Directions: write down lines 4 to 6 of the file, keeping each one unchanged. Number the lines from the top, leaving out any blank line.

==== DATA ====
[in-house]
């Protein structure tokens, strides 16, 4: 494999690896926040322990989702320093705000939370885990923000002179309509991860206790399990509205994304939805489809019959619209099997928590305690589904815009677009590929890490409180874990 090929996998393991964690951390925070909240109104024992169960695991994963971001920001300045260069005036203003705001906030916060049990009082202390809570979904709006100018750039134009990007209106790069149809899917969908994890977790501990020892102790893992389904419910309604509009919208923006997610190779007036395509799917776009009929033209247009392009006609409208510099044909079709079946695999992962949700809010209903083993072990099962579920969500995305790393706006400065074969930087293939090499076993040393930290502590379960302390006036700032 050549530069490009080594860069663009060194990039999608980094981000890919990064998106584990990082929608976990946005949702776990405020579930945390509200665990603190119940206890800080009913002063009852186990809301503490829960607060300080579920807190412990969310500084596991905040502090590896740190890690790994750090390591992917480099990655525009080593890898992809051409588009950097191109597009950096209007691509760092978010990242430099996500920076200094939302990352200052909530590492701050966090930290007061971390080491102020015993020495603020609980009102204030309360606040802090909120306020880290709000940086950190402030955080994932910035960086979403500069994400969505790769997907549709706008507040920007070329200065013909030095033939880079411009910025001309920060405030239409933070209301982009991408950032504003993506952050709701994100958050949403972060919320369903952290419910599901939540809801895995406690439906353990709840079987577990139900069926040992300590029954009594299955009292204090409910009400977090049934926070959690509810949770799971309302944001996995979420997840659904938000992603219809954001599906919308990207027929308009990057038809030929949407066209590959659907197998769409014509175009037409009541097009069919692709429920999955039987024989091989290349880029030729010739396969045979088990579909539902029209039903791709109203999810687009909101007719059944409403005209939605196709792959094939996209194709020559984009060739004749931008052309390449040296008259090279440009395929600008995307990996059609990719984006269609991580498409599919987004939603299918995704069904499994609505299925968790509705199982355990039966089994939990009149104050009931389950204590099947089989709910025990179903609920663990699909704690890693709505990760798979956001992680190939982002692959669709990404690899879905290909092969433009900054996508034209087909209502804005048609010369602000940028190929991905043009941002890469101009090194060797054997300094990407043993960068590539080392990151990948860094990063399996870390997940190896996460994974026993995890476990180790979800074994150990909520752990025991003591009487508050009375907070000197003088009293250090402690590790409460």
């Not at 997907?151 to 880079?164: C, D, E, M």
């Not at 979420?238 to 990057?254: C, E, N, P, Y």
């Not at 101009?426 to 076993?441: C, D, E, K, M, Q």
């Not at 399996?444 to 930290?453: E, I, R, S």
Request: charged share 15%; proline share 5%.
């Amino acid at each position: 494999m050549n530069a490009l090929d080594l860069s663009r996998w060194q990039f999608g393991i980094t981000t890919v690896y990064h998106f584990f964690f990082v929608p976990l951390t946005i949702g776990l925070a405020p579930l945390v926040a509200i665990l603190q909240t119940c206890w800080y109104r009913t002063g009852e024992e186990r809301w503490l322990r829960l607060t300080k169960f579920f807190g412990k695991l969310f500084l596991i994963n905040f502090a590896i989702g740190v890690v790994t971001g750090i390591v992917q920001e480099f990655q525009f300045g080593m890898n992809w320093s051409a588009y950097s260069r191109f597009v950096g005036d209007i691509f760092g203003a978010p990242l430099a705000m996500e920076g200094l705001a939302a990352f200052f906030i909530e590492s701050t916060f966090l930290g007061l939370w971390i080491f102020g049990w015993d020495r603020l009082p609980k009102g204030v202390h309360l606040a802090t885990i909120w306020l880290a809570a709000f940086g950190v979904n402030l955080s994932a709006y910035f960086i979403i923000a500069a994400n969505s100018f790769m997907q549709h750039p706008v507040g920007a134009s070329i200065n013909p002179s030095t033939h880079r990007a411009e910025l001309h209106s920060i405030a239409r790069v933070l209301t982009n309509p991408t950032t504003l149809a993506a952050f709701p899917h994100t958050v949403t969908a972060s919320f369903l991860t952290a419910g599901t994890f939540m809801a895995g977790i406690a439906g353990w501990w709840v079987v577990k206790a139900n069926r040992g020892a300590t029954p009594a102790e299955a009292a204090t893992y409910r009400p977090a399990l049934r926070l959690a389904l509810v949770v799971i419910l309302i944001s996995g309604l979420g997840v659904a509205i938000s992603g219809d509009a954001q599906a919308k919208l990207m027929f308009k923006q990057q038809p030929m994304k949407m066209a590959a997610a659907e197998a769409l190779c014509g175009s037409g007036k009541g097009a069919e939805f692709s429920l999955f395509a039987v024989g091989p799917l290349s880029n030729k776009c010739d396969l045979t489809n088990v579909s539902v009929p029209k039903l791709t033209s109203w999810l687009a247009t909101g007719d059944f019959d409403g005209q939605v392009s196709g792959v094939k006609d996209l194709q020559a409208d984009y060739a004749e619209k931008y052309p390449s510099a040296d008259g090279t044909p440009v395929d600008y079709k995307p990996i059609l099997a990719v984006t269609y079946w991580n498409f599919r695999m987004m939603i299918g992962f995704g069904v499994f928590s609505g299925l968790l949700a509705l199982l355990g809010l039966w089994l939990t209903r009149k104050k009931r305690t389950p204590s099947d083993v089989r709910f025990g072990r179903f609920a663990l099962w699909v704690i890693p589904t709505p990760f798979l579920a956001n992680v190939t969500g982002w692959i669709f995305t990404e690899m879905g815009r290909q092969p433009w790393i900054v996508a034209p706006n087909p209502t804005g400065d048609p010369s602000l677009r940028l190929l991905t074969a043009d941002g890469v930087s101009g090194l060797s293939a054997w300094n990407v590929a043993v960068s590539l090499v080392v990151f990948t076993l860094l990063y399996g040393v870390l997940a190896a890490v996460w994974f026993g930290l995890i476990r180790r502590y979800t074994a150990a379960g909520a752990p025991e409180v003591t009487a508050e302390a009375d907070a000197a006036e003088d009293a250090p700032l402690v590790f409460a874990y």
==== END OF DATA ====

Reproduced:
């Not at 979420?238 to 990057?254: C, E, N, P, Y």
């Not at 101009?426 to 076993?441: C, D, E, K, M, Q």
């Not at 399996?444 to 930290?453: E, I, R, S």